Elton John’s 1970 album Tumbleweed Connection featured the melancholy song “Come Down in Time”, which contained this line: “A cluster of nightjars sang some songs out of tune.” Nightjars? I had no idea what those were. I assumed “nightjar” must be another name for a busker or freelance entertainer. Eventually I would discover that a nightjar is a bird. Do they really sing out of tune? To this day, I’m forced to take lyricist Bernie Taupin’s word on that. (Taupin was capable of dropping some serious clunkers. The same album featured the song “My Father’s Gun”, containing this couplet: “As soon as this is over we’ll go home. To plant the seeds of justice in our bones.” I had no idea farming was so painful.)
Since much of our favourite music was British, song lyrics could teach us about commonplace aspects of U.K. life that the songwriters themselves wouldn’t give a second thought to. When John Lennon and Paul McCartney sang in the Beatles’ “Doctor Robert,” “My friend works for the National Health”, an attentive young listener could pick up that he was not simply referring to the general public good, but to the British government’s medical system. On the same album, Revolver, George Harrison’s “Taxman” alerted North Americans to the confiscatory British tax policies that would, many years later, usher in the Thatcher era.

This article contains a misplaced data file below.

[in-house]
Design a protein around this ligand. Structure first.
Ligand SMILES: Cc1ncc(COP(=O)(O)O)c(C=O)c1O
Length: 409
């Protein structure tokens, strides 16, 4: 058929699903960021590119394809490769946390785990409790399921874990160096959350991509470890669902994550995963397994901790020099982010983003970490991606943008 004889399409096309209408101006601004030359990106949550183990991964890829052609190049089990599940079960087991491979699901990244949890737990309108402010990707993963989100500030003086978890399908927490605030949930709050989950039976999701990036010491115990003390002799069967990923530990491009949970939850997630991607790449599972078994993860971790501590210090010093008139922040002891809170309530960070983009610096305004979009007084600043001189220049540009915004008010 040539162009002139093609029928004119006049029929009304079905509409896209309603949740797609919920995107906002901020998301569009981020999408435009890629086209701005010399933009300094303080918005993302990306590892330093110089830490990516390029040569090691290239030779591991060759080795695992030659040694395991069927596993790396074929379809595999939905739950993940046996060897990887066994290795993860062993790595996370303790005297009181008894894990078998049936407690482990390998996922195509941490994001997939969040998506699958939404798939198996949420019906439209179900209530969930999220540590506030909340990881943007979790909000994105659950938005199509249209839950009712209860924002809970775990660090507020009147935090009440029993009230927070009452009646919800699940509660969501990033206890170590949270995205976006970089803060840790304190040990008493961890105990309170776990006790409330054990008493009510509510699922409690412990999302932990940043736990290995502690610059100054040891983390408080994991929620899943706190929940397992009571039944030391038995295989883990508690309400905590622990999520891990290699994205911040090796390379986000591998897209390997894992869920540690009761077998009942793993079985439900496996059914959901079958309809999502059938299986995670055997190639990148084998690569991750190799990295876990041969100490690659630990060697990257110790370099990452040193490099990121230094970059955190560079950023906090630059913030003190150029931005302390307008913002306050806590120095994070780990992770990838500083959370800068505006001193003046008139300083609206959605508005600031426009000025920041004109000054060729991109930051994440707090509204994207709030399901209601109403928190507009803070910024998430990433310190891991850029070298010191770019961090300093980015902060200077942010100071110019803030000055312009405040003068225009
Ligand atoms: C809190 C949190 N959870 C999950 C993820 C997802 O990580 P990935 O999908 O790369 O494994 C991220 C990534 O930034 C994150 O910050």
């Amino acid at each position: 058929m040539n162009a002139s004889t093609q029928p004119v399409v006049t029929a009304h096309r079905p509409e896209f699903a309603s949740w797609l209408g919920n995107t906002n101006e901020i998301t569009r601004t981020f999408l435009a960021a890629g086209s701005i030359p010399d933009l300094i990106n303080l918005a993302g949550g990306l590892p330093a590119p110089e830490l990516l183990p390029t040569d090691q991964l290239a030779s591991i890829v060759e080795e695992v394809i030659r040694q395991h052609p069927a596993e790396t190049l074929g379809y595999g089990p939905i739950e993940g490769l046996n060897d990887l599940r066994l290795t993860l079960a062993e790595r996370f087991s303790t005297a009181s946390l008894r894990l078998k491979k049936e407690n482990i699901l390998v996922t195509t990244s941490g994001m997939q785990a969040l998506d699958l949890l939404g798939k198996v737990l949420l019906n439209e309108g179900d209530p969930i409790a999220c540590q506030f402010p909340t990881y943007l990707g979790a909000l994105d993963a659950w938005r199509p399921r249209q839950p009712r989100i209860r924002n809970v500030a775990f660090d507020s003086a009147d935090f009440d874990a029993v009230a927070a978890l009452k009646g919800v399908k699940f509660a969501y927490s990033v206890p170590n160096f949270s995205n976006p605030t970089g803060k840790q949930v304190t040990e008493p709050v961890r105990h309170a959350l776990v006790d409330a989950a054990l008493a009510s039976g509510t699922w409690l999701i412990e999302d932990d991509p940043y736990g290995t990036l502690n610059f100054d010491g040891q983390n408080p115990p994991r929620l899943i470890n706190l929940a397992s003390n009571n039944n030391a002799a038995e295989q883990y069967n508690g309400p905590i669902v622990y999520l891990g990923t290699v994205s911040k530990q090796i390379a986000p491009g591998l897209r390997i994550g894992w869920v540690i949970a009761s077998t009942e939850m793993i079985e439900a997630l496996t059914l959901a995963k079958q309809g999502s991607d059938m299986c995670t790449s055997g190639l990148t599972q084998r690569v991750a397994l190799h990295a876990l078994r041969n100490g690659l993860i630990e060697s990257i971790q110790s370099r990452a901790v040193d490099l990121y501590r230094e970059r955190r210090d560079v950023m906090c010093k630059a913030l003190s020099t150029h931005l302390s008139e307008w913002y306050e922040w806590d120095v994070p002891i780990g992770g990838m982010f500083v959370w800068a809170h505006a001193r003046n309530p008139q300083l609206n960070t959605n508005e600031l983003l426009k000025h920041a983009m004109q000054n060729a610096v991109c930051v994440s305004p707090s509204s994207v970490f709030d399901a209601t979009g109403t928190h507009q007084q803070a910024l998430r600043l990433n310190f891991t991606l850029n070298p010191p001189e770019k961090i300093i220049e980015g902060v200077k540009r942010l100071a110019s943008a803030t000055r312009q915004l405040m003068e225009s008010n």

For years, I amazed school friends with the factual tidbit that English people who spoke of “tea” were not necessarily speaking of a hot beverage but sometimes of a small afternoon meal. My source? The Who, and their little ditty “Heinz Baked Beans”, in which a succession of family members ask mum, “What’s for tea?” Since the eventual answer is indeed those titular beans, it was obvious there was something about the concept of “tea” I had previously failed to grasp.
There is in fact a variation of the mondegreen that results from cultural and linguistic confusion. Known as soramimi, these are misunderstandings that result when a translated lyric sounds like something else. Naturally, the Beatles are a rich source of soramimi. Their breakthrough smash “I Want to Hold Your Hand” went to Japan as “Aho na hōnyōhan”, which also sounds like a Japanese phrase meaning “Idiotic public urination”.